For a well-balanced life
Kermit at rest. (I named my beautiful green Trek bike Kermit. I have a habit of naming some of my things. For example, my Mac has a name and now my bike. Why do I do this? I don’t know. Because.)
So there I was, nervously perched on top of a big green bike, seemingly miles off the ground, and navigating through Sentosa’s three beaches, which were filled with gawking tourists, trams — and horrors! — little kids in scooters and bikes and families with pets. Why oh why didn’t they all go home?? More to the point, why am I here? I could be home, reading a book instead of trying to navigate through Sentosa’s crowded beaches on a weekend! Instead, I still can’t believe that I am indeed riding a bike. On my own. Without training wheels…. How did I get here?
It all started because I told D once that I wanted to learn how to bike. D, an avid cyclist, and more importantly, a guy who likes do things instead of just talking about them, promptly got me a bike. That’s done it, I thought then. Better put my money where my mouth is — better, put my bum on the bike seat, pronto. The thing is, I didn’t know how to ride a bike. I never learned. When we were kids, my brothers all had asked for and were given bikes, which they used to go around the neighborhood with other neighborhood kids after school was let off for the day. Meanwhile, I, the only girl stayed home on the couch and read a book. It got so bad that my mom at one point would call me from the garden (where she’d putter about) “para makilala ka ng lupa” (to let the earth get to know you) as she put it, rather poetically. I never did. Don’t get me wrong. I was no wilting lily. I did my share of running and rough-housing with my brothers, but just never got around to learning how to ride a bike. I wasn’t interested, I guess.
So fast forward to November 2014 with D attempting to teach me — “attempting” because expert cyclist though he is, he doesn’t know the first thing about teaching a grownup how to ride a bike. I think this is one of those skills you needed to learn as a kid, when you think nothing bad will happen to you while balanced on a contraption on two wheels, going down a hill. As kids, we think we’re immortal — before we all learn that we’re not.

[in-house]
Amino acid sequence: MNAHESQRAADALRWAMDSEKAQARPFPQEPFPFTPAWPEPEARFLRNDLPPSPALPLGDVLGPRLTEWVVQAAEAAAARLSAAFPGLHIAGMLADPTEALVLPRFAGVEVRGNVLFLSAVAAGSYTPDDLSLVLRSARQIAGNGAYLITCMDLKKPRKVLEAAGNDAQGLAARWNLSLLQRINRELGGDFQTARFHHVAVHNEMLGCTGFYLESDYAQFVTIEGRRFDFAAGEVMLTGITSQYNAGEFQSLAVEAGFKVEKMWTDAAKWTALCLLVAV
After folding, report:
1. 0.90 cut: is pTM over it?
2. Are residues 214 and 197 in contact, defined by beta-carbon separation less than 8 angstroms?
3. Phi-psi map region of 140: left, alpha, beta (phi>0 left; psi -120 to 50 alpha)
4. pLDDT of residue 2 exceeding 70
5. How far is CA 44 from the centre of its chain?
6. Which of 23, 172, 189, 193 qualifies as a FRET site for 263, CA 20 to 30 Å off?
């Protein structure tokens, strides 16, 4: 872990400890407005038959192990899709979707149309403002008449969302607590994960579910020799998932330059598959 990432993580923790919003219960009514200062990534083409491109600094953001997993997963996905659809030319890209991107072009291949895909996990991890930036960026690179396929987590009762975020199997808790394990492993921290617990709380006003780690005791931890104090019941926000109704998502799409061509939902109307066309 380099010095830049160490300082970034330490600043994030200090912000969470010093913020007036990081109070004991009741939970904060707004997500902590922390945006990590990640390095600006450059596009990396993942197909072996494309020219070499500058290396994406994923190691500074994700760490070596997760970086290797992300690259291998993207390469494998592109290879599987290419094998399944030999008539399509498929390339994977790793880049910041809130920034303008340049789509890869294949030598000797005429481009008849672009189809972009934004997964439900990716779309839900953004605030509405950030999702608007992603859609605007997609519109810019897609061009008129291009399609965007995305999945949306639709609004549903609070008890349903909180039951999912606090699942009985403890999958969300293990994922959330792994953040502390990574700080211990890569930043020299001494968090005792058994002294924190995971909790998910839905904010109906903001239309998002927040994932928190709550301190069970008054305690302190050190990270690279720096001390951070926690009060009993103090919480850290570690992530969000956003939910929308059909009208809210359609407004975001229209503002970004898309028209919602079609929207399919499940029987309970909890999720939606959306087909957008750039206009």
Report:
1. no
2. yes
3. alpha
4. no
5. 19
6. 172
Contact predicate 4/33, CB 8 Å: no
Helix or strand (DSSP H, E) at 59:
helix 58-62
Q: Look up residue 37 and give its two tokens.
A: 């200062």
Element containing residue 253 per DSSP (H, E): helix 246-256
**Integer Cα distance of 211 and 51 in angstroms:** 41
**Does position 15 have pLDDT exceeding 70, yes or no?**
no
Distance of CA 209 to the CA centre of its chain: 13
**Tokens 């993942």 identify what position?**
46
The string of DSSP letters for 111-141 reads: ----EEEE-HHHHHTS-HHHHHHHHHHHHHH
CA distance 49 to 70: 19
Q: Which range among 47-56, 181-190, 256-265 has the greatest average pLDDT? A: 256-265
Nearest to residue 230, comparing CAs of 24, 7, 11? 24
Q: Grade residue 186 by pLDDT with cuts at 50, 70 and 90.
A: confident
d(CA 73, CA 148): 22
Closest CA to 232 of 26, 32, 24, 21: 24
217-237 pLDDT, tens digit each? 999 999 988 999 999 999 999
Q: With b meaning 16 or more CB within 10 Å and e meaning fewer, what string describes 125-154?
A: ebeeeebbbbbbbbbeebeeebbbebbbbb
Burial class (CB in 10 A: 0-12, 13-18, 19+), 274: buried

Two weekends of me nearly crying and him almost pulling his hair in frustration because he couldn’t understand why I couldn’t just “balance and go”, we ended up with a cycling instructor. There is such a thing, apparently. Coach Edmund has been teaching cycling to people of all ages — from kids to older people — for over a decade. On my first day, I watched as he finished his lesson with a 60-something woman, which did wonders in allaying my fears. I had secretly been thinking that l just had a lousy sense of balance and will never be able to learn how to ride, and thus wasting the beautiful bike D got for me. Seeing an older person learning how to ride gave me confidence that I too could learn. And guess what? I did learn. It took three one-hour sessions to get me from clutching the handlebars in a death grip while being towed around the block by Edmund to actually riding on my own (albeit still with the occasional collisions with railings, a billboard, stupid people who won’t get out of the way). I haven’t looked back since.
When I was young, I used to hate stories that had a “moral lesson”, as if stories couldn’t exist for their own sake. But now, I always look for what my experiences have taught me. So here’s what I learned, in learning how to ride a bike:
1. If you want to do something, just do it. Nike was right. If you want to learn, then go figure out a way to learn. You’ll fall flat on your face, it won’t be easy, and you may even fail. But that’s ok. Just get back on again.